Did you know someone did a teaming study using tug-of-war? It turns out in this sport, and in project teams, less is more. After a tug-of-war team gets more than four members, the amount of effort put out by each team member goes down. "It's just human nature," Dr. Hoegl said. "People think there are lots of others on the team, so they can work less."

And stairs make a difference. Dr. Hoegl's research has shown that teams on the same floor do better than those with members separated by even one story in a building!

Dr. Hoegl's study showed dispersed teams have better outcomes (higher quality and more efficiency) than local teams if their quality of teamwork is high, but dispersed teams do much worse than co-located teams if their teamwork quality is low.

The take-aways from this research for organizations: Office layout matters (keep teams on the same floor); and for virutal team members, recruit and develop those who have good intercultural skills, great self-leadership skills, and consistent skills with other team members to enable shared leadership. And try to foster a global culture.

Watch Out for the J-Curve

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The first plenary presenter at the PMI Research Conference was Dr. Andrew Pettigrew. He is a globally known figure in management academia, the dean of the management school at University of Bath, England. Not project management, just management. But despite this, his stature, topic and talk were all very exciting to the audience. Ed Andrews, in charge of organizing the conference, said it took several attempts to convince Dr. Pettigrew to come.

He talked about seeming conflicts in corporate management that came about in the late 1990s--things like companies both standardizing and customizing at the same time, trends such as centralizing strategy while decentralizing operations. These were among trends that "took some getting use to."

Dr. Pettigrew used 1990s BP as an example for a company making wholesale changes that improved the firm's fortunes in that era of relatively flat oil prices. It cost the head of the CEO who first proposed the changes, he said, but later that CEO (Mr. Horton) got a bonus--posthumously, you might say. The speaker then sidetracked a bit on revolving-door CEOs, saying the average tenure of three years each couldn't be good for companies.

One bit of advice for attendees: Watch out for the J-curve. For non-researchers amongst us like myself, this roughly means things get worse before they get better.

Academic Forum Follow-Up

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I recently received these comments from Olivier Lazar, Ph.D., student, ESC Lille, France, about the GAC Academic Forum, held prior to the Research Conference and thought they were worth sharing:

  The economic situation is putting organizations under high pressure to secure their investments, foster controls and meanwhile be more and more reactive to a constantly changing and more competitive environment.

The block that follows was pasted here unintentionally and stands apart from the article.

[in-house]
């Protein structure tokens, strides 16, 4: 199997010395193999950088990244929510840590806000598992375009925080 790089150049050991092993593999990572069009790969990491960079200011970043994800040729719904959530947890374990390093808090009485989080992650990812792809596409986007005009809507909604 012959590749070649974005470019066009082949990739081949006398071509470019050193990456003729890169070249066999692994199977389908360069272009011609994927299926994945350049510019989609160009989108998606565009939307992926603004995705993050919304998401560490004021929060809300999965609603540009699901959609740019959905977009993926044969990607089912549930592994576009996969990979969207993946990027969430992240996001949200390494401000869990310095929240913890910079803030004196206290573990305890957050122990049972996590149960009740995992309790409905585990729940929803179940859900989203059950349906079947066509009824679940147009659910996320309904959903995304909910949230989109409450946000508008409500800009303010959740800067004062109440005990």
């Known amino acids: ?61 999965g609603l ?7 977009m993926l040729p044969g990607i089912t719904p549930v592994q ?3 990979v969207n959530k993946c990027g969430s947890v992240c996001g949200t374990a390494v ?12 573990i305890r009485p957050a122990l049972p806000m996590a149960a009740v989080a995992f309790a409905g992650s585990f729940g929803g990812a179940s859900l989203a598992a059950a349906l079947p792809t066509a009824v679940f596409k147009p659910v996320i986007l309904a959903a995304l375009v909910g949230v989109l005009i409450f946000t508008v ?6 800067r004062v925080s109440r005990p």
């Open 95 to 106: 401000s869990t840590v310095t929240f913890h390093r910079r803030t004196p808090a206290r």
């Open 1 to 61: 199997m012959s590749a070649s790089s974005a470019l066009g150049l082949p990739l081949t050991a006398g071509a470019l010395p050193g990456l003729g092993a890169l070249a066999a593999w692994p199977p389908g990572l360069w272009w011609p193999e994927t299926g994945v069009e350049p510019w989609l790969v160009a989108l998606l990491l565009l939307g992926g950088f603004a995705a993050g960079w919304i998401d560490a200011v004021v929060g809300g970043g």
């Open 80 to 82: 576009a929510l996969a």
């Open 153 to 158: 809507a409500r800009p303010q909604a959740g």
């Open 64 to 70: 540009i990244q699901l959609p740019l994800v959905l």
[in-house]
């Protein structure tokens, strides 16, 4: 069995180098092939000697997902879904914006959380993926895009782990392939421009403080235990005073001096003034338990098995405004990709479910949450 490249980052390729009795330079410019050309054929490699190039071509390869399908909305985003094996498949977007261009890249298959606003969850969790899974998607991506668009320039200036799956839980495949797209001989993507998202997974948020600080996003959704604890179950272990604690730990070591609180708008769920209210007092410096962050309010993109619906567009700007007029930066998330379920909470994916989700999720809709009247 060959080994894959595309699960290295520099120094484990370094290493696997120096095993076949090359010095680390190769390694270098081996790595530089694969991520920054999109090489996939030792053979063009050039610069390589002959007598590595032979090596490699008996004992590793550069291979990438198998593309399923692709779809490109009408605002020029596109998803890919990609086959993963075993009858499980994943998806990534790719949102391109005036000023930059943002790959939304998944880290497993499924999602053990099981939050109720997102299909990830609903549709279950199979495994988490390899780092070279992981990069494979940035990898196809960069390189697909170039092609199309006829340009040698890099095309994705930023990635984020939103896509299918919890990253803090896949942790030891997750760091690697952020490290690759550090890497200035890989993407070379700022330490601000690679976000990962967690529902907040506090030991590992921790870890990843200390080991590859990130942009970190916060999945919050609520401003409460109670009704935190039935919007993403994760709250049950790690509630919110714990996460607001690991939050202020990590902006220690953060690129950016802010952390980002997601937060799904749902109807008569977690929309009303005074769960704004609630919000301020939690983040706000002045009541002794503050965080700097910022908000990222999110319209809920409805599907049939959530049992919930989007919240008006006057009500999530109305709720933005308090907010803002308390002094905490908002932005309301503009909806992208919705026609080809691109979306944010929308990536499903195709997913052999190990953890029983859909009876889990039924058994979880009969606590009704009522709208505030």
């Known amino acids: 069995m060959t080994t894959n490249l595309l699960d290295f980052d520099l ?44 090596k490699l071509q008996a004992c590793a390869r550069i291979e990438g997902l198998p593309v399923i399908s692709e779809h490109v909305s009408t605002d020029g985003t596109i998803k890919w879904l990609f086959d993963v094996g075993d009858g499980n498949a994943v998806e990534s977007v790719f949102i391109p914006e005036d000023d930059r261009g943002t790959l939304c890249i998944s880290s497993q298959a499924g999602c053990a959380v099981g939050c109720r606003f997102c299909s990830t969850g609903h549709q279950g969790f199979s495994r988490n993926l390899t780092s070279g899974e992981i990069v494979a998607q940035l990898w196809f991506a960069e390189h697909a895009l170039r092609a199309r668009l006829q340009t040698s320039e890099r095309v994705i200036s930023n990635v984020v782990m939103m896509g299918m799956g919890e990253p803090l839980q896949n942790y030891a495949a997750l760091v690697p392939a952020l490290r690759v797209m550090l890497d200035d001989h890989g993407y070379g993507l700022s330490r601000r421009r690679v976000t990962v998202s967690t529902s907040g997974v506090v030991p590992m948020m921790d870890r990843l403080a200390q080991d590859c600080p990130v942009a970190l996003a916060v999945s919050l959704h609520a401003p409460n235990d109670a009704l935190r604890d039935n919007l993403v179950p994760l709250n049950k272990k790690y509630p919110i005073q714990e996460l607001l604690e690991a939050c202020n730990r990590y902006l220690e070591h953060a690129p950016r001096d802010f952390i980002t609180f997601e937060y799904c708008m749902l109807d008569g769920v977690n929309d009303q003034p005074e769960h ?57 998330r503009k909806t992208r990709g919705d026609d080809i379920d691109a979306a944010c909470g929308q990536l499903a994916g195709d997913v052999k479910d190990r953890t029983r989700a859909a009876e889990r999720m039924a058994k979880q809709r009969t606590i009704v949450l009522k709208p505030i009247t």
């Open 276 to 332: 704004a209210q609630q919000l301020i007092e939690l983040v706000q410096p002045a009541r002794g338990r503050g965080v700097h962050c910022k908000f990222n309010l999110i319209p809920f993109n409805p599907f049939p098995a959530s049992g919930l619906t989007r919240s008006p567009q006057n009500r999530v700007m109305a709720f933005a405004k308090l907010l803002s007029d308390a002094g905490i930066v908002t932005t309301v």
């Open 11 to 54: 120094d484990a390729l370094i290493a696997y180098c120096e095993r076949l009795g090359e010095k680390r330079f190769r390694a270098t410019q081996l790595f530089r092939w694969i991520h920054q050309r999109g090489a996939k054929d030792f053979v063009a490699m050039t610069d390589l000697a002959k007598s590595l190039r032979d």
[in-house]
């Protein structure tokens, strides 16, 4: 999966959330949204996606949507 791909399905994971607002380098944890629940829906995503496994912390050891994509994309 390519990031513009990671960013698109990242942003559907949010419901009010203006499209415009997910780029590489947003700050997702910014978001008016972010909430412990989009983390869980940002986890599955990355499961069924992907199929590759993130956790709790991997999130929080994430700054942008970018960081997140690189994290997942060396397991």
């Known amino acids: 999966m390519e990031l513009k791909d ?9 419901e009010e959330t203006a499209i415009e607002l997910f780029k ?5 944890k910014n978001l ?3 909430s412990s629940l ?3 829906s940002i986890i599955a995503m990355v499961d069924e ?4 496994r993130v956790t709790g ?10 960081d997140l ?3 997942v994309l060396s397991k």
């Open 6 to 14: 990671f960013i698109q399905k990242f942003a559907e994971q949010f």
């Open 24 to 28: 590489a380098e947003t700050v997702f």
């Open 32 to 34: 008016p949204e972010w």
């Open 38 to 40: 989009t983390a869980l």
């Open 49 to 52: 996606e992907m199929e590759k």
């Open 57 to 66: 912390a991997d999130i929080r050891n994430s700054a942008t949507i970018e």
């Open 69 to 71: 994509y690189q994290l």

This is the challenge that has to be undertaken by all the educational programs in project management, by raising the number of degrees, the number of graduates and ensuring their competence between academe and practice.

During the forum, we have seen some very interesting and promising initiatives. Shell, for example, has developed a whole training program with Cranfield University, immersing the academic experts in the pragmatic contrains of the business pace. Their success in this project demonstrates clearly that this is a way where we all should look. This point has also been illustrated by the University of Manchester and the Rolls-Royce Center for Project Management.

The partnership between industry/business and academe is a necessary win-win relationship, feeding the education by the field experience and the real-time connection with business contraints, academe giving the outcome of its research and providing industry with high-level professionals, with a tremendous knowledge of standards and already prepared to the expectation of their future operational practice.

Some Answers, More Questions

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Well, the session on Researching the Value of Project Management has come and gone. It was captured on video and is now available through www.PMI.org.  Dr. Janice Thomas and Mark Mullaly did a great job in the presentation. They are working virtually around the clock digesting the 600 pages of documentation to deliver comprehensive, yet clear results. The good news is that there is ... well, good news!

The conclusions are very positive about the value that project management contributes to organizations worldwide. Their evidence points to the fact that it's not only tangible results that were achieved, but also intangible, such as better enterprise-wide decision making, more effective work culture, and stronger and clearer communication. In fact, they have identified a clear relationship between project management maturity and a rise in intangible benefits.

There are two other interesting points I came away with. First, none of the 65 organizations measure ROI of the project management. I guess I was surprised by that. Janice and Mark shared they felt that it seemed that it was either a lack of interest in the metric (go figure!), a fear of accountability (paranoia of job security), or perceived complexity of the measurement. I would have thought that more would have measured such a major investment. The other issue is that one of the real intangibles of mature project management competency is the ability to better deploy strategy. To me, this will be one of the greatest executive selling points. If we can clarify this ... make it more than anecdotal evidence ... we should be able to drive more investment in a mature project management competency.

Oh, and one more thing. I think we are going to see a lot more questions than answers from the study. Believe it or not, I am excited about that. The profession is rich with curiosity. PMI needs to continue to fund research to answer these questions. More importantly, challenging questions will be answered by talented researchers, and talented researchers will help build a cadre of competent faculty.